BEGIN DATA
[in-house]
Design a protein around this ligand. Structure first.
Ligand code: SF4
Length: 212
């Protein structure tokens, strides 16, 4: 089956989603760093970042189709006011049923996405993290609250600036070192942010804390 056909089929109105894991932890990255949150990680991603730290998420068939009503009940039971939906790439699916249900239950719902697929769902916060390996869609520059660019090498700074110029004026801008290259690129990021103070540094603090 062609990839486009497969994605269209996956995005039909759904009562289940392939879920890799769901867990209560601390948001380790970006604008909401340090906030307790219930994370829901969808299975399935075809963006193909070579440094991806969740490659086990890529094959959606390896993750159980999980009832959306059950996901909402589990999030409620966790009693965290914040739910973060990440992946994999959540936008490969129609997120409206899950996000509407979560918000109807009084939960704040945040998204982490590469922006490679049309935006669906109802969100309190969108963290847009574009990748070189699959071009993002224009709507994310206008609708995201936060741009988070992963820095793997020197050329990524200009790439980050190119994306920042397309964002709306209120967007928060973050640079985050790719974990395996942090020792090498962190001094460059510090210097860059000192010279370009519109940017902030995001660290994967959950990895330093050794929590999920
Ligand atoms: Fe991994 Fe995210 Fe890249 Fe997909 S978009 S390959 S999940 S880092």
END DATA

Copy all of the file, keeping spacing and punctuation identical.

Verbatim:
[in-house]
Design a protein around this ligand. Structure first.
Ligand code: SF4
Length: 212
């Protein structure tokens, strides 16, 4: 089956989603760093970042189709006011049923996405993290609250600036070192942010804390 056909089929109105894991932890990255949150990680991603730290998420068939009503009940039971939906790439699916249900239950719902697929769902916060390996869609520059660019090498700074110029004026801008290259690129990021103070540094603090 062609990839486009497969994605269209996956995005039909759904009562289940392939879920890799769901867990209560601390948001380790970006604008909401340090906030307790219930994370829901969808299975399935075809963006193909070579440094991806969740490659086990890529094959959606390896993750159980999980009832959306059950996901909402589990999030409620966790009693965290914040739910973060990440992946994999959540936008490969129609997120409206899950996000509407979560918000109807009084939960704040945040998204982490590469922006490679049309935006669906109802969100309190969108963290847009574009990748070189699959071009993002224009709507994310206008609708995201936060741009988070992963820095793997020197050329990524200009790439980050190119994306920042397309964002709306209120967007928060973050640079985050790719974990395996942090020792090498962190001094460059510090210097860059000192010279370009519109940017902030995001660290994967959950990895330093050794929590999920
Ligand atoms: Fe991994 Fe995210 Fe890249 Fe997909 S978009 S390959 S999940 S880092």